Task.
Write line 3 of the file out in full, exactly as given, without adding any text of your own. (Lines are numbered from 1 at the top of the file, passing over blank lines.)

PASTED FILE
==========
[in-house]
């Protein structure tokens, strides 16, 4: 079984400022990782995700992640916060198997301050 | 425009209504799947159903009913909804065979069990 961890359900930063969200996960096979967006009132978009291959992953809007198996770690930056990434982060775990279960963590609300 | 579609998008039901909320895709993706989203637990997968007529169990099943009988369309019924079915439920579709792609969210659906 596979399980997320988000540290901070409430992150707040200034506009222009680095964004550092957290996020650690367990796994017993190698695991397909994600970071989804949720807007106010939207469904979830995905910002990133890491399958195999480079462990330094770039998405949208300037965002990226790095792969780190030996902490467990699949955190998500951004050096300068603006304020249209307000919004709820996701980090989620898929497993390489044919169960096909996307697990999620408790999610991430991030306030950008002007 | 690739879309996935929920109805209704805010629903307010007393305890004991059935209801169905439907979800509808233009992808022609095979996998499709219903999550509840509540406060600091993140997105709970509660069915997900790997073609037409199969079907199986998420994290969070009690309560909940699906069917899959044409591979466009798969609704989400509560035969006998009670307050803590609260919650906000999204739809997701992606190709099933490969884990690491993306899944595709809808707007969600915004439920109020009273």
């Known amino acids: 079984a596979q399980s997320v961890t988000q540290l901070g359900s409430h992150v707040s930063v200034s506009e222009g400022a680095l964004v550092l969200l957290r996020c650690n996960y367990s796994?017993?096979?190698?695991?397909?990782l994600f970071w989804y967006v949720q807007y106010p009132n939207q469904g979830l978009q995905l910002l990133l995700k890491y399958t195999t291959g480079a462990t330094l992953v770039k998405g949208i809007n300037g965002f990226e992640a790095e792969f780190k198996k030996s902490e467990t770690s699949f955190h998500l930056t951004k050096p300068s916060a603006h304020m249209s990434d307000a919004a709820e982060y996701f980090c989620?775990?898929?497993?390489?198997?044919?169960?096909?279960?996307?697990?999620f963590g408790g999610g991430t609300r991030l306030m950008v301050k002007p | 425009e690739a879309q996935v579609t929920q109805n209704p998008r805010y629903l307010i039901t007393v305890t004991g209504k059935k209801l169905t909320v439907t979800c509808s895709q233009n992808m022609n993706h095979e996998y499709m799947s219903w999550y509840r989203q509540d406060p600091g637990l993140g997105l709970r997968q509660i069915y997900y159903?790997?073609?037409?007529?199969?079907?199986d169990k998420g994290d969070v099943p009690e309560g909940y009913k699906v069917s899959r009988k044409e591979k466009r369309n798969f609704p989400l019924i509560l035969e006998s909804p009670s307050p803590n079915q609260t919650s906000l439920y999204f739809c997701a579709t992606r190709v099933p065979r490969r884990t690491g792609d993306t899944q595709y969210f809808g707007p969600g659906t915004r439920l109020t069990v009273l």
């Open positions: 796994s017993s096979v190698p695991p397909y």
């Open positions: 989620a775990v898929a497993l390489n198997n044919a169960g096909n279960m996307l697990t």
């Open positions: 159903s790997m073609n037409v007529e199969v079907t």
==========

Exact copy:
């Known amino acids: 079984a596979q399980s997320v961890t988000q540290l901070g359900s409430h992150v707040s930063v200034s506009e222009g400022a680095l964004v550092l969200l957290r996020c650690n996960y367990s796994?017993?096979?190698?695991?397909?990782l994600f970071w989804y967006v949720q807007y106010p009132n939207q469904g979830l978009q995905l910002l990133l995700k890491y399958t195999t291959g480079a462990t330094l992953v770039k998405g949208i809007n300037g965002f990226e992640a790095e792969f780190k198996k030996s902490e467990t770690s699949f955190h998500l930056t951004k050096p300068s916060a603006h304020m249209s990434d307000a919004a709820e982060y996701f980090c989620?775990?898929?497993?390489?198997?044919?169960?096909?279960?996307?697990?999620f963590g408790g999610g991430t609300r991030l306030m950008v301050k002007p | 425009e690739a879309q996935v579609t929920q109805n209704p998008r805010y629903l307010i039901t007393v305890t004991g209504k059935k209801l169905t909320v439907t979800c509808s895709q233009n992808m022609n993706h095979e996998y499709m799947s219903w999550y509840r989203q509540d406060p600091g637990l993140g997105l709970r997968q509660i069915y997900y159903?790997?073609?037409?007529?199969?079907?199986d169990k998420g994290d969070v099943p009690e309560g909940y009913k699906v069917s899959r009988k044409e591979k466009r369309n798969f609704p989400l019924i509560l035969e006998s909804p009670s307050p803590n079915q609260t919650s906000l439920y999204f739809c997701a579709t992606r190709v099933p065979r490969r884990t690491g792609d993306t899944q595709y969210f809808g707007p969600g659906t915004r439920l109020t069990v009273l």